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Quantifying disequilibrium
processes in basaltic volcanism


Diseqm logo The core aim of the NERC-NSF DisEqm project is to create an empirically-constrained quantitative  understanding of disequilibrium processes in basaltic volcanism, and to apply this to address key volcanological problems through a new numerical modelling framework.


Basaltic volcanism is the most common form of volcanism in the solar system. On Earth, eruptions can impact global and regional climate, and threaten populations living in their shadow, through a combination of ash, gas and lava emissions. The specific risk to the UK from an Icelandic eruption is recognized as one of the four ‘highest priority risks’ in the National Risk Register of Civil Emergencies.

The impact of an eruption is determined by both intensity and style, ranging from explosive and ash-rich (impacting on air-space access and climate) to effusive and gas-rich (affecting climate, public health and crops/livestock locally and distally). Understanding these eruptive styles, and their evolution in time and space is key to forecasting the impacts of eruptions.



About the project 

We have a series of aims and methodologies that we will apply in order to advance our scientific understanding of basaltic volcanism.



We bring together a world-leading team to perform experiments using new, ground-breaking synchroton X-ray imaging and rheometric techniques to visualise and quantify crystallisation, degassing and multiphase, HPHT (high-pressure, high-temperature) viscosity evolution, revolutionising the fields of experimental petrology and HPHT rheometry. We will perform large scale fluid dynamics simulations to inform and test the 3D numerical modelling, and we will constrain fragmentation and eruption column processes with empirical field studies.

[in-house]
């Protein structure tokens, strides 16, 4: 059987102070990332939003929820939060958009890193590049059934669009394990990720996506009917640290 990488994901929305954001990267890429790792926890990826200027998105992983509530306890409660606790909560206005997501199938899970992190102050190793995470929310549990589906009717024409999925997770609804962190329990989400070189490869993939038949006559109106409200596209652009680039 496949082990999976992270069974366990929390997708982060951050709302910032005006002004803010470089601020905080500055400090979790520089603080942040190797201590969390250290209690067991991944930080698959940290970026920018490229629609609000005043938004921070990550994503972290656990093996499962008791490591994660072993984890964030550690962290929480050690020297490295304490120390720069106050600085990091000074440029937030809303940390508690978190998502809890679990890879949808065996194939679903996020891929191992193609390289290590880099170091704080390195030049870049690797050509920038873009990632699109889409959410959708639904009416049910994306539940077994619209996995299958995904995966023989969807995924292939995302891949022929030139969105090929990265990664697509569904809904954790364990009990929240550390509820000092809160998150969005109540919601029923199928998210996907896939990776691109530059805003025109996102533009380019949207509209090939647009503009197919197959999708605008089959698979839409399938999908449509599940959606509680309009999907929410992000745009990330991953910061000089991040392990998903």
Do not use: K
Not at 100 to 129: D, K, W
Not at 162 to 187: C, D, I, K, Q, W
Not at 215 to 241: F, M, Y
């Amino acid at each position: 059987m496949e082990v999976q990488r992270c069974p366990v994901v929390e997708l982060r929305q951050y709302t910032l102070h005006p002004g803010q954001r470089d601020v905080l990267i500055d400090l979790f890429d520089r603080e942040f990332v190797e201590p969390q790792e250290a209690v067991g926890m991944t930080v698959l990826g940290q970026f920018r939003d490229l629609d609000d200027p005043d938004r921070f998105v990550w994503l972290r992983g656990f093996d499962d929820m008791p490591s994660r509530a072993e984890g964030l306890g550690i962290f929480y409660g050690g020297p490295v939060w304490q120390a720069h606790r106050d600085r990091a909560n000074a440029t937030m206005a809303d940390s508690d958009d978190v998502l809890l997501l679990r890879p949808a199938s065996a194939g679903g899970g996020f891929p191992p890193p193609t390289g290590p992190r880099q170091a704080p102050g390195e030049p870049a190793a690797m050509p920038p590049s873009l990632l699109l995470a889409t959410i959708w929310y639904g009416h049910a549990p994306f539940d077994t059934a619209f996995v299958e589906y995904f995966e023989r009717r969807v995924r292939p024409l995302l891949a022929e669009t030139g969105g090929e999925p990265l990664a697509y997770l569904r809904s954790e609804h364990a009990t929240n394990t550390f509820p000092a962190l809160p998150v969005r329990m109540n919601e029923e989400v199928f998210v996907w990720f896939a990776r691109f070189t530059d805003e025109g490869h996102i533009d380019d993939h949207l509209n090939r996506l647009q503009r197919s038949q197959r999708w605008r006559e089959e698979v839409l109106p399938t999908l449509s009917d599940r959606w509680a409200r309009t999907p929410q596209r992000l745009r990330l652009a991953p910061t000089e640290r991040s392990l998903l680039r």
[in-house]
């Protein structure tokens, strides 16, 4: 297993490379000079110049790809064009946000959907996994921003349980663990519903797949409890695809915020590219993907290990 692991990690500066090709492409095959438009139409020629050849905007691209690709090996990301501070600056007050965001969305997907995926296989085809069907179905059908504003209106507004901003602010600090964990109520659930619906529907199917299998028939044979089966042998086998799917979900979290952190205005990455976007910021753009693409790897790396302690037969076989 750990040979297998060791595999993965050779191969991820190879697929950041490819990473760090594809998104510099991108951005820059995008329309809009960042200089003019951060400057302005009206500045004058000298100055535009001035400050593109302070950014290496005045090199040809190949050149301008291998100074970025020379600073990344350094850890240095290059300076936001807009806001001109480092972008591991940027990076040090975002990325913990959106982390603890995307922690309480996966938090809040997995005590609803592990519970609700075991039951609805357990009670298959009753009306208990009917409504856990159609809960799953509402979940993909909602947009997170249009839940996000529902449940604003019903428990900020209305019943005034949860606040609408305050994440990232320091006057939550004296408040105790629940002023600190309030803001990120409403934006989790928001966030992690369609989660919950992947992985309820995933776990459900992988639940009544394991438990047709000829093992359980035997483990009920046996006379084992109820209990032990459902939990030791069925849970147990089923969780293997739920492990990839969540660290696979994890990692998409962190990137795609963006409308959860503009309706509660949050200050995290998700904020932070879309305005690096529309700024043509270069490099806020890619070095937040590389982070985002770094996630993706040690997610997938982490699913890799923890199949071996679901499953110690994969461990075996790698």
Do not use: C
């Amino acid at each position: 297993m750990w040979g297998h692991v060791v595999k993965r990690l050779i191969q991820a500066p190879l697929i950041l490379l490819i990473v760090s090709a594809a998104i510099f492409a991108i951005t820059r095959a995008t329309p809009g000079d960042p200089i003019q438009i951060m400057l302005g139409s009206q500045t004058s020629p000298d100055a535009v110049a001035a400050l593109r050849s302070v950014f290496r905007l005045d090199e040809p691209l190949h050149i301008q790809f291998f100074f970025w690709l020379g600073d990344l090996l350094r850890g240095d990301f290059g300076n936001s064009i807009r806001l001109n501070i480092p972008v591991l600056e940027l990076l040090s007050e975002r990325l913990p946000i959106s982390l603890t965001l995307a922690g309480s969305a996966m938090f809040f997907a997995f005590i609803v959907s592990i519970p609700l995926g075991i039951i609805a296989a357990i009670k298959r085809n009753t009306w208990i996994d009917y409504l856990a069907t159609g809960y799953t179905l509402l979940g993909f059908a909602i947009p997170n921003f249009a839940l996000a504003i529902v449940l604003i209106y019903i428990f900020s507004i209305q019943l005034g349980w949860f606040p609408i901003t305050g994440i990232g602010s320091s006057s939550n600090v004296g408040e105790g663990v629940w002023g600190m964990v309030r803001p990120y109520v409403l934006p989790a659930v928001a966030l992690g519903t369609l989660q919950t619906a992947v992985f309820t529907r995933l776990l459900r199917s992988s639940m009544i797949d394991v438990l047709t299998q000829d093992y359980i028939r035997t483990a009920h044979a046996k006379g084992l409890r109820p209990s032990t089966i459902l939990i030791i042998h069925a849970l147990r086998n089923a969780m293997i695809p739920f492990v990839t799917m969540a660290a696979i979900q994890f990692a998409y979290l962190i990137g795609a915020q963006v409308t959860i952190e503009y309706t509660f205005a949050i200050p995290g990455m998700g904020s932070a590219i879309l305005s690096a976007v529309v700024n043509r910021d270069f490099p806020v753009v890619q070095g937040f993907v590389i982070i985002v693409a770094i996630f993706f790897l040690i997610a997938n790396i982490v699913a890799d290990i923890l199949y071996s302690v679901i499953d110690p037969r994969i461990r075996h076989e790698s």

Results will be integrated into a state-of-the-art numerical model, and applied to impact-focussed case studies for Icelandic, US and Italian basaltic eruptions. In conclusion, our project will produce a paradigm shift in our understanding of disequilibrium processes during magma ascent and our capacity for modelling basaltic eruption phenomena, creating a step-change in our ability to forecast and quantify the impacts of basaltic eruptions.


The main aim of the DisEqm project are to improve our understanding of kinetically-limited crystal growth and gas exsolution during ascent of baslatic magma. In order to achieve this aim, we have defined a series of objectives, which describe the methodologies that we will apply in order to advance our scientific understanding of baslatic volcanism and the impact of the DisEqm project

  • Develop and apply 4D in-situ X-ray tomography of HPHT experiments to quantify the equilibrium and disequilibrium crystallisation and degassing behaviour of natural basaltic melt
  • Develop new HPHT apparatus for direct rheometry of basaltic melts
  • Build scaled analogue models to examine multiphase fluid flow in a fissure system
  • Create a tested, physically-based numerical model for disequilibrium ascent and eruption of basaltic magma, starting in 1D and extending to 3D using the OpenFOAM framework

Apply the model to examine questions regarding:

  • What allows basaltic systems to produce a wide range of eruption styles and scales?
  • What role do disequilibrium processes play in this diversity?
  • Why do individual volcanoes exhibit a wide range of eruptive behaviour, often changing style and scale over short timescales?
  • What conditions lead to highly explosive basaltic eruptions such as the subplinian Sunset Crater eruption, among others?
  • How can we better interpret surface gas composition and flux measurements in terms of subsurface magma dynamics?

In collaboration with the Steering Committee, we will define future scenarios for Icelandic, Italian and continental US eruptions, and run the DisEqm model to produce eruption source parameters for each scenario. We will encourage the adoption of models arising from DisEqm for use during volcanic crises.



Publications and presentations

There are number of project research outputs and presentations associated with the project.


Presentations and posters


Tracing magma degassing using experimental approaches.

Le Gall N., Pichavant M., Burton M.R., Lee P.D. 12 Dec 2016. Goldschmidt August 2018, Boston, USA (invited).

Non equilibrium degassing of ascending basalt.

Le Gall N., Pichavant M., Burton M.R., Lee P.D. January 2018, The University of Oxford, UK (invited).

The role of sulfides in controlling volcanic SO2 emissions from Icelandic eruptions: a textural approach.